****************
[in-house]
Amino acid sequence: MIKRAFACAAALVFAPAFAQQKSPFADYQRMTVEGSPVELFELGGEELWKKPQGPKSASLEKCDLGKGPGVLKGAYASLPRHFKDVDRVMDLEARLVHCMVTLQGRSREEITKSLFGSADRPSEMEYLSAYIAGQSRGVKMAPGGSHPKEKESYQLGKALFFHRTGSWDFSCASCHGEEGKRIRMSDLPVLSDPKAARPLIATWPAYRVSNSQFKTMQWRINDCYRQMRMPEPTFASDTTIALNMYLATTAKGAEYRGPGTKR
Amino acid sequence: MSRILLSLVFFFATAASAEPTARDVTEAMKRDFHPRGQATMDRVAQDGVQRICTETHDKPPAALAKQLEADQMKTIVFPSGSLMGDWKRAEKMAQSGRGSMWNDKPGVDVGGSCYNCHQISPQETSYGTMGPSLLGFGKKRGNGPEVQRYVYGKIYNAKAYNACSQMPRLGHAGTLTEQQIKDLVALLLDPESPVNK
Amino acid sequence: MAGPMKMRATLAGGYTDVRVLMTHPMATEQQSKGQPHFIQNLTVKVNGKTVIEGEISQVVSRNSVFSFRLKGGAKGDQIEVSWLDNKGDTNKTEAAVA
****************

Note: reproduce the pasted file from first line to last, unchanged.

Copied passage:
[in-house]
Amino acid sequence: MIKRAFACAAALVFAPAFAQQKSPFADYQRMTVEGSPVELFELGGEELWKKPQGPKSASLEKCDLGKGPGVLKGAYASLPRHFKDVDRVMDLEARLVHCMVTLQGRSREEITKSLFGSADRPSEMEYLSAYIAGQSRGVKMAPGGSHPKEKESYQLGKALFFHRTGSWDFSCASCHGEEGKRIRMSDLPVLSDPKAARPLIATWPAYRVSNSQFKTMQWRINDCYRQMRMPEPTFASDTTIALNMYLATTAKGAEYRGPGTKR
Amino acid sequence: MSRILLSLVFFFATAASAEPTARDVTEAMKRDFHPRGQATMDRVAQDGVQRICTETHDKPPAALAKQLEADQMKTIVFPSGSLMGDWKRAEKMAQSGRGSMWNDKPGVDVGGSCYNCHQISPQETSYGTMGPSLLGFGKKRGNGPEVQRYVYGKIYNAKAYNACSQMPRLGHAGTLTEQQIKDLVALLLDPESPVNK
Amino acid sequence: MAGPMKMRATLAGGYTDVRVLMTHPMATEQQSKGQPHFIQNLTVKVNGKTVIEGEISQVVSRNSVFSFRLKGGAKGDQIEVSWLDNKGDTNKTEAAVA